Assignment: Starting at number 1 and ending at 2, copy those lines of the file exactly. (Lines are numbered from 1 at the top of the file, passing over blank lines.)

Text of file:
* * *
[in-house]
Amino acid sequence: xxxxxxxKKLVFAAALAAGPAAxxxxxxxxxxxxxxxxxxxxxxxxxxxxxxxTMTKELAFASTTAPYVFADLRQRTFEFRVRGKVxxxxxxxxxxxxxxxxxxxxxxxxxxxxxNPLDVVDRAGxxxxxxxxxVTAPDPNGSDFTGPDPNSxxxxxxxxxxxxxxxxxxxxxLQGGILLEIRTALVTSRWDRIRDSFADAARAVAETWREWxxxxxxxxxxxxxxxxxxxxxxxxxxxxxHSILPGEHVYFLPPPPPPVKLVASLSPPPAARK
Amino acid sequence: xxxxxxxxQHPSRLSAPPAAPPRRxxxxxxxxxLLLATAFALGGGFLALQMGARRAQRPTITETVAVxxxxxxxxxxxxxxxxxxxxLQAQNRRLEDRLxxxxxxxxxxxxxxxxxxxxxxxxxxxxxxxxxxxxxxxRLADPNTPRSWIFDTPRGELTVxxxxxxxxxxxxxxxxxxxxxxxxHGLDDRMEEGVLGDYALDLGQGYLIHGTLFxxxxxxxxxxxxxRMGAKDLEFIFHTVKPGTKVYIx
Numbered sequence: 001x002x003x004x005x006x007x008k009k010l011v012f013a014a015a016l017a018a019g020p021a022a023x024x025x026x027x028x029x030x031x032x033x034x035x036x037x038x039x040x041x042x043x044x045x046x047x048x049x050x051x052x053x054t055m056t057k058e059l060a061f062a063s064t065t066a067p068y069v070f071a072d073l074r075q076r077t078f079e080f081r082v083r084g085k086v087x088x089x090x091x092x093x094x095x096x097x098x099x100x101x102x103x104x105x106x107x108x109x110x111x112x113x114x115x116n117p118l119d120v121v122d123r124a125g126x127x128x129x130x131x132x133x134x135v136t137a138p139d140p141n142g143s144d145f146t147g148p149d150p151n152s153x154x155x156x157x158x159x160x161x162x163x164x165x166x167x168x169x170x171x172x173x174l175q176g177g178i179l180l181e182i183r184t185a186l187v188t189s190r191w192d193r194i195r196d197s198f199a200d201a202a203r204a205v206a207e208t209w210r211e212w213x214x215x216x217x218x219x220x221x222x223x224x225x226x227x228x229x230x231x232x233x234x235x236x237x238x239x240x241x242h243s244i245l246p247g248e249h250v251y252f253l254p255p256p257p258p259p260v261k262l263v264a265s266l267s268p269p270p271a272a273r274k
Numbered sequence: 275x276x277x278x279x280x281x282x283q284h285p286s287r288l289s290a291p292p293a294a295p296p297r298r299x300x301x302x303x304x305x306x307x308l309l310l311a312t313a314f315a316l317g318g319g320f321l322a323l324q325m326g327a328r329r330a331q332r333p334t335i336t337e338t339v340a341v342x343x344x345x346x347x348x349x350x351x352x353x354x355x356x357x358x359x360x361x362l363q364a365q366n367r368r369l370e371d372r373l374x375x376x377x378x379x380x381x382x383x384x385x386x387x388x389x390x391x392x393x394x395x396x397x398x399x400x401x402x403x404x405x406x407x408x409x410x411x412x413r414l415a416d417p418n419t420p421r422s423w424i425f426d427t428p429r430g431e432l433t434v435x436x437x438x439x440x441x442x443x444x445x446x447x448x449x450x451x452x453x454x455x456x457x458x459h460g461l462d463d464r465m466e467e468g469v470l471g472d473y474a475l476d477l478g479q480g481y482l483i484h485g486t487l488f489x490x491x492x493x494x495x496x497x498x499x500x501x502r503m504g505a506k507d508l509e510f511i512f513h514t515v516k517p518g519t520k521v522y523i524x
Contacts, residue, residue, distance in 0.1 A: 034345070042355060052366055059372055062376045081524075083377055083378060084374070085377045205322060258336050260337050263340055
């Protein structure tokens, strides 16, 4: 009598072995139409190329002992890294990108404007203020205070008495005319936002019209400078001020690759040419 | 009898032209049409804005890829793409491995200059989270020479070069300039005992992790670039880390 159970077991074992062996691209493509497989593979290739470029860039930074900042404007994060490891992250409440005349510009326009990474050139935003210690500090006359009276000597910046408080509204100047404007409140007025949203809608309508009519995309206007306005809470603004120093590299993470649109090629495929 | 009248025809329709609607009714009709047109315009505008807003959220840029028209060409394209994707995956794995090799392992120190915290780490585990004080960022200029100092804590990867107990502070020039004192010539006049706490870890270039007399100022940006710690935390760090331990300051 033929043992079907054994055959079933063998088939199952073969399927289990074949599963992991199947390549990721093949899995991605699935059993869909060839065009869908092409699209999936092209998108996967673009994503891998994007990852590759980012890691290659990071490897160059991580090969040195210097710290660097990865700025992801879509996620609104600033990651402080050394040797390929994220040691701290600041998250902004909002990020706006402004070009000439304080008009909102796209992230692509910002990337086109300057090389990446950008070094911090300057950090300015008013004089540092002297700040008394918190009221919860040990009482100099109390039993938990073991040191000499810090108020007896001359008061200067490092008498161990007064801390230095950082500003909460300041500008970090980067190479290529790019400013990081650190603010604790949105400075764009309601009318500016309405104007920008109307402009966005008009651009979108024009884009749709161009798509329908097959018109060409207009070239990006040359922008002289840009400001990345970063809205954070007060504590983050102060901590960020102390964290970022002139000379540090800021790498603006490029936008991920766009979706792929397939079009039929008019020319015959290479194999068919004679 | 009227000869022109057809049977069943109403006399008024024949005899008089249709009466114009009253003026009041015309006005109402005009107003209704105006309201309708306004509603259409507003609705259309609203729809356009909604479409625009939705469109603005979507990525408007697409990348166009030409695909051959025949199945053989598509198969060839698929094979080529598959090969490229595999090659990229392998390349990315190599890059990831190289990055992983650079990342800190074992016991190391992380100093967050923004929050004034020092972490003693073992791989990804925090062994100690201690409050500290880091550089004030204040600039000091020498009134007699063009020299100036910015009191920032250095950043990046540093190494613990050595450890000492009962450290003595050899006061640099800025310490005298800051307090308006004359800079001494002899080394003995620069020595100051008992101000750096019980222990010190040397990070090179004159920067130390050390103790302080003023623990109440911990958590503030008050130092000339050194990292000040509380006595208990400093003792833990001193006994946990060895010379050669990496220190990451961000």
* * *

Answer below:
[in-house]
Amino acid sequence: xxxxxxxKKLVFAAALAAGPAAxxxxxxxxxxxxxxxxxxxxxxxxxxxxxxxTMTKELAFASTTAPYVFADLRQRTFEFRVRGKVxxxxxxxxxxxxxxxxxxxxxxxxxxxxxNPLDVVDRAGxxxxxxxxxVTAPDPNGSDFTGPDPNSxxxxxxxxxxxxxxxxxxxxxLQGGILLEIRTALVTSRWDRIRDSFADAARAVAETWREWxxxxxxxxxxxxxxxxxxxxxxxxxxxxxHSILPGEHVYFLPPPPPPVKLVASLSPPPAARK